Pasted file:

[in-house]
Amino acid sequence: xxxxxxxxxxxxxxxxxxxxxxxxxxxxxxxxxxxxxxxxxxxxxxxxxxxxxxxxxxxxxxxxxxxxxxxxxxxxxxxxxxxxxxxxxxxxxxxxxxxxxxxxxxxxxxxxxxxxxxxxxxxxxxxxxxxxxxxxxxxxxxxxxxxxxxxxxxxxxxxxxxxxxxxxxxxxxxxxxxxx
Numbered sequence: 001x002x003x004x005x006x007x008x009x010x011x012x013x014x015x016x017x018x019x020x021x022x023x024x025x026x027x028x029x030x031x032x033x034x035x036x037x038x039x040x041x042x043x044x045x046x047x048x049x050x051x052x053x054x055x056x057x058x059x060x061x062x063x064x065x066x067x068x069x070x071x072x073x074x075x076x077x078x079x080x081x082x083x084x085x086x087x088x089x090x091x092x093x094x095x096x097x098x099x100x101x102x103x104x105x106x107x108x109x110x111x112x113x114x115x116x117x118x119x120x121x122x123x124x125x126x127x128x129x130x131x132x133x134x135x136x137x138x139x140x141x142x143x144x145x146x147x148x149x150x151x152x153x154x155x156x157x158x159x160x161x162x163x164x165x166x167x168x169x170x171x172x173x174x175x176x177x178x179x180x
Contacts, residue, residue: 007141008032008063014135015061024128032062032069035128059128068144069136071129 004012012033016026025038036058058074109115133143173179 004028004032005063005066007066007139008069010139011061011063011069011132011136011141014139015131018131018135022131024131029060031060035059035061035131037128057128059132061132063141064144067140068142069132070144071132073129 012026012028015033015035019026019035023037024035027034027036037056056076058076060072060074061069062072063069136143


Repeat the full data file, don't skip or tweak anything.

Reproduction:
[in-house]
Amino acid sequence: xxxxxxxxxxxxxxxxxxxxxxxxxxxxxxxxxxxxxxxxxxxxxxxxxxxxxxxxxxxxxxxxxxxxxxxxxxxxxxxxxxxxxxxxxxxxxxxxxxxxxxxxxxxxxxxxxxxxxxxxxxxxxxxxxxxxxxxxxxxxxxxxxxxxxxxxxxxxxxxxxxxxxxxxxxxxxxxxxxxx
Numbered sequence: 001x002x003x004x005x006x007x008x009x010x011x012x013x014x015x016x017x018x019x020x021x022x023x024x025x026x027x028x029x030x031x032x033x034x035x036x037x038x039x040x041x042x043x044x045x046x047x048x049x050x051x052x053x054x055x056x057x058x059x060x061x062x063x064x065x066x067x068x069x070x071x072x073x074x075x076x077x078x079x080x081x082x083x084x085x086x087x088x089x090x091x092x093x094x095x096x097x098x099x100x101x102x103x104x105x106x107x108x109x110x111x112x113x114x115x116x117x118x119x120x121x122x123x124x125x126x127x128x129x130x131x132x133x134x135x136x137x138x139x140x141x142x143x144x145x146x147x148x149x150x151x152x153x154x155x156x157x158x159x160x161x162x163x164x165x166x167x168x169x170x171x172x173x174x175x176x177x178x179x180x
Contacts, residue, residue: 007141008032008063014135015061024128032062032069035128059128068144069136071129 004012012033016026025038036058058074109115133143173179 004028004032005063005066007066007139008069010139011061011063011069011132011136011141014139015131018131018135022131024131029060031060035059035061035131037128057128059132061132063141064144067140068142069132070144071132073129 012026012028015033015035019026019035023037024035027034027036037056056076058076060072060074061069062072063069136143